It's easy to make the U.S. tax system sound really, almost preposterously, progressive. The Tax Foundation, for example, likes to emphasize that the top 10 percent of taxpayers paid 70.6 percent of income taxes in 2010, compared to 54.6 percent in 1986. That sure sounds like a lot!
A new report from Citizens for Tax Justice, a left-leaning tax analysis shop, does all that. Overall, CTJ finds that the tax code is still progressive, but much more mildly so than you might think:
The bottom 80 percent of the income distribution pays less than their share of income, but not a whole lot less. And interestingly, the 20th through 60th percentiles get a bigger break than the poorest 20 percent. The tax code has a bias for the middle-class over the poor, in other words.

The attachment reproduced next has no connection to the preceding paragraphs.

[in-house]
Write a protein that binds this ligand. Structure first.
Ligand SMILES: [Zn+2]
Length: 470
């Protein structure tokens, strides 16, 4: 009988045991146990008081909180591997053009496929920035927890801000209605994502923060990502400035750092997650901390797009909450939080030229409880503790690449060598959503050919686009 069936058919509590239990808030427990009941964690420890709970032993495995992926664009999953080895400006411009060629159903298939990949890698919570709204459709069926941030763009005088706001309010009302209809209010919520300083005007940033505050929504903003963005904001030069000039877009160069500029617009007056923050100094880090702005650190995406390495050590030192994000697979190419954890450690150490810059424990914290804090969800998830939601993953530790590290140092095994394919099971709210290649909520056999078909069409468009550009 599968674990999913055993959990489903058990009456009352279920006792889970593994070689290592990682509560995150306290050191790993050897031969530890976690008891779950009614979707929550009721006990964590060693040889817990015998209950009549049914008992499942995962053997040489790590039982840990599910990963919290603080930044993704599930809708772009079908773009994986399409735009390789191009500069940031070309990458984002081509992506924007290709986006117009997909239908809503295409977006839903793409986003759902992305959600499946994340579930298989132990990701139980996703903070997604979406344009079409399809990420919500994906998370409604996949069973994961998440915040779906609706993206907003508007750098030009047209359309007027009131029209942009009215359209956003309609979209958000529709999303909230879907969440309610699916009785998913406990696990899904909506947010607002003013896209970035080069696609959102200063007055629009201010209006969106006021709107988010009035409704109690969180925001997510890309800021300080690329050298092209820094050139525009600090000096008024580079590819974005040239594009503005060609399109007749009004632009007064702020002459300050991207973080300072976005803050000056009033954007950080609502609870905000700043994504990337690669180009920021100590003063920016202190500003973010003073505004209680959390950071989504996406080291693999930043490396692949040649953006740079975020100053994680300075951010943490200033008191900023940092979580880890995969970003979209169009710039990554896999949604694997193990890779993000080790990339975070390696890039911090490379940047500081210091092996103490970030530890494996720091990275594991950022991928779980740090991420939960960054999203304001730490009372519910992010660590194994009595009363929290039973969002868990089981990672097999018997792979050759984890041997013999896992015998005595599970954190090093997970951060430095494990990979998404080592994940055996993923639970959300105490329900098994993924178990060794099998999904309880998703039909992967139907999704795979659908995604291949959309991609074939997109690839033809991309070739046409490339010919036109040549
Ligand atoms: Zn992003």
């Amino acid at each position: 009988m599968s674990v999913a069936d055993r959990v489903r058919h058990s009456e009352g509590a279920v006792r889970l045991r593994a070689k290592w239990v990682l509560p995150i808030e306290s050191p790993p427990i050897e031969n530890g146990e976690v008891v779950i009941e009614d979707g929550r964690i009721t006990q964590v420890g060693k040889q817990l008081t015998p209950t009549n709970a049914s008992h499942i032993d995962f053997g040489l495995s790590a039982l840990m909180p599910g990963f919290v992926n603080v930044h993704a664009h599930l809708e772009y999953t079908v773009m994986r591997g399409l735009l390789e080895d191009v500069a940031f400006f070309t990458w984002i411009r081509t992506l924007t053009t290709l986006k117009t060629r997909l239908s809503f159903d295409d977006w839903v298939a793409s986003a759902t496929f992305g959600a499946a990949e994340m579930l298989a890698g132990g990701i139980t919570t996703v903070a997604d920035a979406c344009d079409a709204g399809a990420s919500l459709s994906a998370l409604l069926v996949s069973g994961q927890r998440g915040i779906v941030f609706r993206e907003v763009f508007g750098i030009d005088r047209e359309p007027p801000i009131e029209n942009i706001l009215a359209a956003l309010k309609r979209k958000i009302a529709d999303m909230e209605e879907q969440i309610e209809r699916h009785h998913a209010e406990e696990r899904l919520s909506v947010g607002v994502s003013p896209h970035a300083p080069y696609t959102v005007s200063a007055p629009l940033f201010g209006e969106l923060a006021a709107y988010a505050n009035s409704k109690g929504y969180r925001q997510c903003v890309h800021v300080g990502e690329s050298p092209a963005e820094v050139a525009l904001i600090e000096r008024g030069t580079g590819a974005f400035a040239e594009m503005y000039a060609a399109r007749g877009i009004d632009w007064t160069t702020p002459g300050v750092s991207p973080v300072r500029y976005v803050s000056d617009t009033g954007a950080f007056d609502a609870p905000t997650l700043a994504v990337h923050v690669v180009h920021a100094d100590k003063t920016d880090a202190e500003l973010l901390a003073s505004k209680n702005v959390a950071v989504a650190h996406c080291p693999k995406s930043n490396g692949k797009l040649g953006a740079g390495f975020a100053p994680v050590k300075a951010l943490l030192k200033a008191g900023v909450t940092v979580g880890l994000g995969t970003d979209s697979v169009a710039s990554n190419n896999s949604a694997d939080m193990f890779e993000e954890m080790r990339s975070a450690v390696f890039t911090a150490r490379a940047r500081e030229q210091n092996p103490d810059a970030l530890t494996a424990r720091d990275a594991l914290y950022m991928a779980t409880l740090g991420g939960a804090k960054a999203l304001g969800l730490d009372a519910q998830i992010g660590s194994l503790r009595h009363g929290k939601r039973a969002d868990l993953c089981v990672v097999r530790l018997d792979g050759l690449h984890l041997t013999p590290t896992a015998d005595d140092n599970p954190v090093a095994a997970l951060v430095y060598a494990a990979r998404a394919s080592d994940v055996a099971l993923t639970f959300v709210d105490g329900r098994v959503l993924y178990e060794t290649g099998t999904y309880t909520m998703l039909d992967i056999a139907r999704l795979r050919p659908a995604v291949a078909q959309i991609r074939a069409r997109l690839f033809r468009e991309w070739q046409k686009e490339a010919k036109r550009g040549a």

And while the richest Americans pay more than their share of income in taxes, the margins aren't dramatic. The top one percent pays 24 percent of all taxes but makes 21.9 percent of the money. Particularly if you believe that money quickly loses its value the further you go up the income ladder, a conclusion which the happiness economics literature tends to support (that's why papers like this tend to look at the log of income), that's not that progressive a system.
Overall, the American system remains the most progressive tax system in the developed world, whereas most social democracies like France, Germany and Sweden have actively regressive systems heavily reliant on value-added taxes. Then again, U.S. pay-outs aren't nearly as progressive, and so our government reduces inequality through taxes and transfers much less than peer countries.